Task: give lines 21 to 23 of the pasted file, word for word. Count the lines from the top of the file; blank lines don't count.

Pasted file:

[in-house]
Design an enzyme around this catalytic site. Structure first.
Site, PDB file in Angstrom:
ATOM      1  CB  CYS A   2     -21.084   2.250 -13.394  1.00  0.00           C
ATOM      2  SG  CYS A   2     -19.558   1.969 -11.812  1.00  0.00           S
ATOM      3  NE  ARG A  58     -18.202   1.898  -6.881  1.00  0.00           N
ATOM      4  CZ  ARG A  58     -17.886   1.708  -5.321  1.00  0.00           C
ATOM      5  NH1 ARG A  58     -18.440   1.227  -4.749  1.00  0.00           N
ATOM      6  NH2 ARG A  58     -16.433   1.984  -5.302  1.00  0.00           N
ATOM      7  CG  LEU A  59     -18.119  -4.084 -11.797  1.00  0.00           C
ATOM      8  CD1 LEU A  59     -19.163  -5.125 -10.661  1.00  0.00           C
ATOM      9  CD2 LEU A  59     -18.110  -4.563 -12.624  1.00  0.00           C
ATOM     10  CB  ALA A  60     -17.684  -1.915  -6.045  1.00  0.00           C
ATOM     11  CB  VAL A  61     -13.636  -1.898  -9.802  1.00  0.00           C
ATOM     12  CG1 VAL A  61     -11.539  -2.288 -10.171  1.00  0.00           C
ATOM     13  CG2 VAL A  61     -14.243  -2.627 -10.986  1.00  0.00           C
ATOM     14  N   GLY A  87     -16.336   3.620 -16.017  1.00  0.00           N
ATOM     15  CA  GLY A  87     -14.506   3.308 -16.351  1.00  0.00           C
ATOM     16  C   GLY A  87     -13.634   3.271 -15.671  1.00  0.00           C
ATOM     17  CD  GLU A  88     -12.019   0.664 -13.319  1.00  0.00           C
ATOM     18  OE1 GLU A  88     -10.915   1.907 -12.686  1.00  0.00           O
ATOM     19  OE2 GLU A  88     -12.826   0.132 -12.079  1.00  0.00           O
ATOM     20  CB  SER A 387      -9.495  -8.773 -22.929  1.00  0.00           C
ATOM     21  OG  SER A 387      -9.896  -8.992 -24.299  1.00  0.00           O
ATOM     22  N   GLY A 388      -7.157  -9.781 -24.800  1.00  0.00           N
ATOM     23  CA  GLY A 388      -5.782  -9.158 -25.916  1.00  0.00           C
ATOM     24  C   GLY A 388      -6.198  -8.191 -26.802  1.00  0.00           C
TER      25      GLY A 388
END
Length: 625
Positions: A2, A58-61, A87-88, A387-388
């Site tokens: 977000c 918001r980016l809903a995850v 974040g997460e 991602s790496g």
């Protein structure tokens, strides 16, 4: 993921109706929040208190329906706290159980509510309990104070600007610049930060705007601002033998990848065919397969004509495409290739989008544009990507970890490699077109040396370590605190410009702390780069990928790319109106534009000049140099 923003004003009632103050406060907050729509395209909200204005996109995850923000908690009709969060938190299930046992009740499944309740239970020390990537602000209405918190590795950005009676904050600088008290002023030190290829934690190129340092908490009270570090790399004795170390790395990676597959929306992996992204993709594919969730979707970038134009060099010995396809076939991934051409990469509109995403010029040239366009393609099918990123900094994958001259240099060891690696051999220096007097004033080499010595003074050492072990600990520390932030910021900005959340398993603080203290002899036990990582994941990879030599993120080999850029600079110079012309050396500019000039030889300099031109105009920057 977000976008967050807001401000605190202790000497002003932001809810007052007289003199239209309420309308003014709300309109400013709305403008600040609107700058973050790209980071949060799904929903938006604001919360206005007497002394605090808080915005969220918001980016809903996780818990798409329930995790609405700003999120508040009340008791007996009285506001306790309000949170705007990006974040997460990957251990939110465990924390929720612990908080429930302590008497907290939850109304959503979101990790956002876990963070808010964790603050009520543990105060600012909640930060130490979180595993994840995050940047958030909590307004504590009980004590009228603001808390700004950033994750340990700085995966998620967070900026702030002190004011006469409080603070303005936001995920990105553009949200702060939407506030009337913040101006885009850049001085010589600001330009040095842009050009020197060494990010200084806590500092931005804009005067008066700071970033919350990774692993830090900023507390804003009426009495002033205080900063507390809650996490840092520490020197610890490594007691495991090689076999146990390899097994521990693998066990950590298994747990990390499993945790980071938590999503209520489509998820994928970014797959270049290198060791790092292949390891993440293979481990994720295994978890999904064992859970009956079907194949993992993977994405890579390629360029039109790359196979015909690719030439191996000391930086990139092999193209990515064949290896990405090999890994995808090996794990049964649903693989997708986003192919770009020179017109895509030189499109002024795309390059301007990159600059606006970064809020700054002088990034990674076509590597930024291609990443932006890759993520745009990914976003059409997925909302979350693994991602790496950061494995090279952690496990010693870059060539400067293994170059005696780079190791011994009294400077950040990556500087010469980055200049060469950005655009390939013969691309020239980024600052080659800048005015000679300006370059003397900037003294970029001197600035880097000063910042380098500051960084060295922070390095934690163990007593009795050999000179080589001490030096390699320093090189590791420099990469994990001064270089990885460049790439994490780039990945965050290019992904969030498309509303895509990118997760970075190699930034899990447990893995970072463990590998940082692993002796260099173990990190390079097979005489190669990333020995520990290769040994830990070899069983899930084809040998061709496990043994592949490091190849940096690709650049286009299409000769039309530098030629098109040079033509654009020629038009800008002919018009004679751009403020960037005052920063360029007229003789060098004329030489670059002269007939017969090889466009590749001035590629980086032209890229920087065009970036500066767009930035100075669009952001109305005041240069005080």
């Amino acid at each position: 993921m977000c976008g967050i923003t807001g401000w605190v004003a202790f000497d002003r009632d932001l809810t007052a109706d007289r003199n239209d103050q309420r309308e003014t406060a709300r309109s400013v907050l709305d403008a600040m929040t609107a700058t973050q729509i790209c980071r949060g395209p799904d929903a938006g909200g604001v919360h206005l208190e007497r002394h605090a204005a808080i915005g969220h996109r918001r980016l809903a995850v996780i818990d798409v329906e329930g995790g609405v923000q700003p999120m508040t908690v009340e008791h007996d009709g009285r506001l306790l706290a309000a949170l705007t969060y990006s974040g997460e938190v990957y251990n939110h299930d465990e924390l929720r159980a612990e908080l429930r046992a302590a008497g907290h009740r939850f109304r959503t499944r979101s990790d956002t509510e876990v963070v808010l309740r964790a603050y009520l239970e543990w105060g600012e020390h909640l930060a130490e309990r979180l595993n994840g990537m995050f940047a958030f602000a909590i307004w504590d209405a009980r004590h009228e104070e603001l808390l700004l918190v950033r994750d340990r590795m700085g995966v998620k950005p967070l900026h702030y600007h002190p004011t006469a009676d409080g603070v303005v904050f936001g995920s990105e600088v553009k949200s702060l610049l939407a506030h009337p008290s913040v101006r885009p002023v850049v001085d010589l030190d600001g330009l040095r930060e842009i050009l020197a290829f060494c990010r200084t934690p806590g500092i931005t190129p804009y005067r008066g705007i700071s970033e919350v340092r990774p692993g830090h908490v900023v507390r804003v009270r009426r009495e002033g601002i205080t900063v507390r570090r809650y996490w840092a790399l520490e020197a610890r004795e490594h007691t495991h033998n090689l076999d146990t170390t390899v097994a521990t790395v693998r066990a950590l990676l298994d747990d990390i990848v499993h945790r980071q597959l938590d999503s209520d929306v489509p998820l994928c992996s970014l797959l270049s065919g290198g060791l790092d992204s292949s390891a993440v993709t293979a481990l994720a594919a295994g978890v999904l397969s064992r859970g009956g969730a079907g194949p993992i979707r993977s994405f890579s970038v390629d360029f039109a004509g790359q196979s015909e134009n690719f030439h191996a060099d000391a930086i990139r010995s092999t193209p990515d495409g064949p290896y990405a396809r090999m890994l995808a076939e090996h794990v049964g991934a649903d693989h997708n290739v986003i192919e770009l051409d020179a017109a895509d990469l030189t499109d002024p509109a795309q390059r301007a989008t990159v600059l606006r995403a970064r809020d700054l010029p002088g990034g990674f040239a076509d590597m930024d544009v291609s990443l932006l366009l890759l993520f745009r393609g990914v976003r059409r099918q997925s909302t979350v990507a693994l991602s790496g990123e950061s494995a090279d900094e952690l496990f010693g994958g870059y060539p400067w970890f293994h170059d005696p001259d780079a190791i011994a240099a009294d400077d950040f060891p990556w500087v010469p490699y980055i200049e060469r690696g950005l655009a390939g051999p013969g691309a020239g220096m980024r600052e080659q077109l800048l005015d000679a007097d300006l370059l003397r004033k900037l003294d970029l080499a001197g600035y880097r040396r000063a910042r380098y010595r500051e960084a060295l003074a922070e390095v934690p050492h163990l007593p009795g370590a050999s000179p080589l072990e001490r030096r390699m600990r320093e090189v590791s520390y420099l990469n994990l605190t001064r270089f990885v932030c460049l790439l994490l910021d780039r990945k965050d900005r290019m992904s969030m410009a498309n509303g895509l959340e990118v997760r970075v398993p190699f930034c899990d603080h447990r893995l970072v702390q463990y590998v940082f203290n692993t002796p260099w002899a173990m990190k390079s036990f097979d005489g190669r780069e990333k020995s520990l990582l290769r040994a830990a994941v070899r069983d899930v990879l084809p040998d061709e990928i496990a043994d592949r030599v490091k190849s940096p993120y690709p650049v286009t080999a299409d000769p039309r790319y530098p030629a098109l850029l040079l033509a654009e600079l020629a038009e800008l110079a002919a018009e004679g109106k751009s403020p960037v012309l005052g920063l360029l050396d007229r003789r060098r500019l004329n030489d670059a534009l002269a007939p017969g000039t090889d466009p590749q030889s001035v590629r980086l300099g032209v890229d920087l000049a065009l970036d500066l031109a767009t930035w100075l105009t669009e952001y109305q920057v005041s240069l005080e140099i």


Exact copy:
ATOM     18  OE1 GLU A  88     -10.915   1.907 -12.686  1.00  0.00           O
ATOM     19  OE2 GLU A  88     -12.826   0.132 -12.079  1.00  0.00           O
ATOM     20  CB  SER A 387      -9.495  -8.773 -22.929  1.00  0.00           C